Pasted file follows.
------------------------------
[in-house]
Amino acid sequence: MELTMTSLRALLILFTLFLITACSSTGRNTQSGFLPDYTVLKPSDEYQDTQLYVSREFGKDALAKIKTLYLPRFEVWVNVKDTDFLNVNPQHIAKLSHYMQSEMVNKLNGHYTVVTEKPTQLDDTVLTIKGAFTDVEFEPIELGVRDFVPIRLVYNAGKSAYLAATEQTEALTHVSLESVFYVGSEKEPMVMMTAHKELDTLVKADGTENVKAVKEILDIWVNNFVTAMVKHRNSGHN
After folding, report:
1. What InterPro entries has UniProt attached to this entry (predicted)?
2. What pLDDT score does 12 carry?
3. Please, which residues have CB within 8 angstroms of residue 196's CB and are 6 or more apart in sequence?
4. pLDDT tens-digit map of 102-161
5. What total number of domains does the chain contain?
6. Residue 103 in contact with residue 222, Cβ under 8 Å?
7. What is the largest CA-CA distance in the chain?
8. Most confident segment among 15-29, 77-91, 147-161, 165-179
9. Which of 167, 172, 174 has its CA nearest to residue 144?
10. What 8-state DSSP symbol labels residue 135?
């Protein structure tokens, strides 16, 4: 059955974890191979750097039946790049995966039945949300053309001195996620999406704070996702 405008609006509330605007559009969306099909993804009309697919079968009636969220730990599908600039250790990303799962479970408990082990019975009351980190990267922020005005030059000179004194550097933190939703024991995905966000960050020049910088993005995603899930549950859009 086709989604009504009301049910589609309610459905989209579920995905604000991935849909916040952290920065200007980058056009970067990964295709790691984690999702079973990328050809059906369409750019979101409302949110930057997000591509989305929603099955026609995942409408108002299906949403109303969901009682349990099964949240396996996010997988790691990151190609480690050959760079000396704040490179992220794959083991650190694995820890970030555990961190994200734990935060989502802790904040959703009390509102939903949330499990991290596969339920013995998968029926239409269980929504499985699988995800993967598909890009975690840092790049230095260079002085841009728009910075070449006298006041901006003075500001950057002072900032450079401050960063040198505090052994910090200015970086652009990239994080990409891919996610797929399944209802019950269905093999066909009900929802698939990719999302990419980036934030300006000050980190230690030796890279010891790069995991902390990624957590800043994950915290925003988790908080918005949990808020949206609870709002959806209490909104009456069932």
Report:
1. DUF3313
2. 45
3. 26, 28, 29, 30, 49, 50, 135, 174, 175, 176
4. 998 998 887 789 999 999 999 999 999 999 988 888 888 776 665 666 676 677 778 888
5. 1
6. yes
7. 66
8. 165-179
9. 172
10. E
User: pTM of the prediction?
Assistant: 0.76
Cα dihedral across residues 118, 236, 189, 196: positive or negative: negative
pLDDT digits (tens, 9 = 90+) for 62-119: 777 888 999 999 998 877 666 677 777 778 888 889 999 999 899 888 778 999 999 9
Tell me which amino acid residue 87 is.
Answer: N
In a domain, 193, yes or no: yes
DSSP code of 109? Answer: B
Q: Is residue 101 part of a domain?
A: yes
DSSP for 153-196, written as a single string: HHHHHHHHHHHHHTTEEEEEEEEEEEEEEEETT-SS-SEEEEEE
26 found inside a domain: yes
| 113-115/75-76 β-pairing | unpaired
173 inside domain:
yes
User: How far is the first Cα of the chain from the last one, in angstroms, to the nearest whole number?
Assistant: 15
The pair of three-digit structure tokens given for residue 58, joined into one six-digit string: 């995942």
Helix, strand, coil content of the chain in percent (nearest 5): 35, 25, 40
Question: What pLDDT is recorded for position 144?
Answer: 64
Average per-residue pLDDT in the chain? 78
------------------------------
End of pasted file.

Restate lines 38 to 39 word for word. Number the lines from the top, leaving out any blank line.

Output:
| 113-115/75-76 β-pairing | unpaired
173 inside domain: